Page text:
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Ask Slashdot: System Administrator Vs Change Advisory Board 294

thundergeek (808819) writes "I am the sole sysadmin for nearly 50 servers (win/linux) across several contracts. Now a Change Advisory Board (CAB) is wanting to manage every patch that will be installed on the OS and approve/disapprove for testing on the development network. Once tested and verified, all changes will then need to be approved for production. Windows servers aren't always the best for informing admin exactly what is being 'patched' on the OS, and the frequency of updates will make my efficiency take a nose dive. Now I'll have to track each KB, RHSA, directives and any other 3rd party updates, submit a lengthy report outlining each patch being applied, and then sit back and wait for approval. What should I use/do to track what I will be installing? Is there already a product out there that will make my life a little less stressful on the admin side? Does anyone else have to go toe-to-toe with a CAB? How do you handle your patch approval process?"
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Ask Slashdot: System Administrator Vs Change Advisory Board

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  • by ProfessionalCookie ( 673314 ) on Thursday April 17, 2014 @05:35AM (#46777423) Journal
  • by Anonymous Coward on Thursday April 17, 2014 @05:50AM (#46777463)
    I bet your CEO or upper level boss is the typical dimwit/jerk, knows nothing about the business, microcontroller type of guy, stupid games of power, calls you on purpose once his secretary tells him you are out of the door. Small guy, stupid looking, may beard of a goatee, cheap-looking suit. Tell him to sod off and change jobs...
  • by wonkey_monkey ( 2592601 ) on Thursday April 17, 2014 @06:22AM (#46777589) Homepage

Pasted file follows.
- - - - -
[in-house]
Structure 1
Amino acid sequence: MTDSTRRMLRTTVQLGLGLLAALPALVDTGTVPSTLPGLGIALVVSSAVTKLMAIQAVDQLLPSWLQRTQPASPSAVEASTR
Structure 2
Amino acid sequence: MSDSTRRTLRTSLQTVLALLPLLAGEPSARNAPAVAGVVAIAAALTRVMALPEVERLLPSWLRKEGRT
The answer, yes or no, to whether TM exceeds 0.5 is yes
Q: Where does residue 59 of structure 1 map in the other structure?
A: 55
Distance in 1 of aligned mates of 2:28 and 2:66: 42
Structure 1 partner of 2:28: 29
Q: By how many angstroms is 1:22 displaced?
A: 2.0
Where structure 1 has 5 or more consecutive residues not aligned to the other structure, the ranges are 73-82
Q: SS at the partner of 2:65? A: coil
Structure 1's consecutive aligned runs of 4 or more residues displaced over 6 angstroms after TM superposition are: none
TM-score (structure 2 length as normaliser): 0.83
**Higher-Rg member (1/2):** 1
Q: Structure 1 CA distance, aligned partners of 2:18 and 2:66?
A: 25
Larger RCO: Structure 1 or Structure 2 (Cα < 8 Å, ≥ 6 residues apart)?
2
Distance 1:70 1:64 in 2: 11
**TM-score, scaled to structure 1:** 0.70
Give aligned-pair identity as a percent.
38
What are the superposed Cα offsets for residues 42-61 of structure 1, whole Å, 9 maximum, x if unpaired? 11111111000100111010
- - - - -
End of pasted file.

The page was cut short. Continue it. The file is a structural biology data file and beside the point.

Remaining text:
System Administrator Vs Change Advisory Board

    50 quatloos on the newcomer!

  • Re:Nonsense (Score:5, Funny)

    by sg_oneill ( 159032 ) on Thursday April 17, 2014 @06:28AM (#46777603)

    Back when I worked as a web administrator at my local university back in the early 2000s, the admin make-work types decided to bash out a web policy , mostly to keep standards up and guard against legal liability (Admittedly we had students setting up websites on chemistry lab pcs turned webserver with novel meth recipes and all sorts of shenanigans before that). All good and fine, I asked to be on the committee as an advisor, and so I was.

    Then the whole thing went off the rails, every page needed to be approved by a department head, 10,000+ pages of previously existing data had to be retrofitted with full dublin core metadata descriptions, and so on and so on for about 400 pages of rules and policy that despite my best efforts I could not stop. These people had no fucking idea.

    The crown was an insane rule that every new hyperlink had to be aproved not just by a department head but by the vice chancellor himself.

    And so thats what I did, and I made sure it was done good and proper. I wrote a perl script that took all new pages on the webserver network (about 50-100 new pages a day) and then whenever a hyperlink appeared it spat out a 1 page document for approval *per link* requiring the vice chancellor and a lawyer to co-sign off on. All with witnesses. All in all about 400 pages a day of paperwork for the vice chancellor and a lawyer.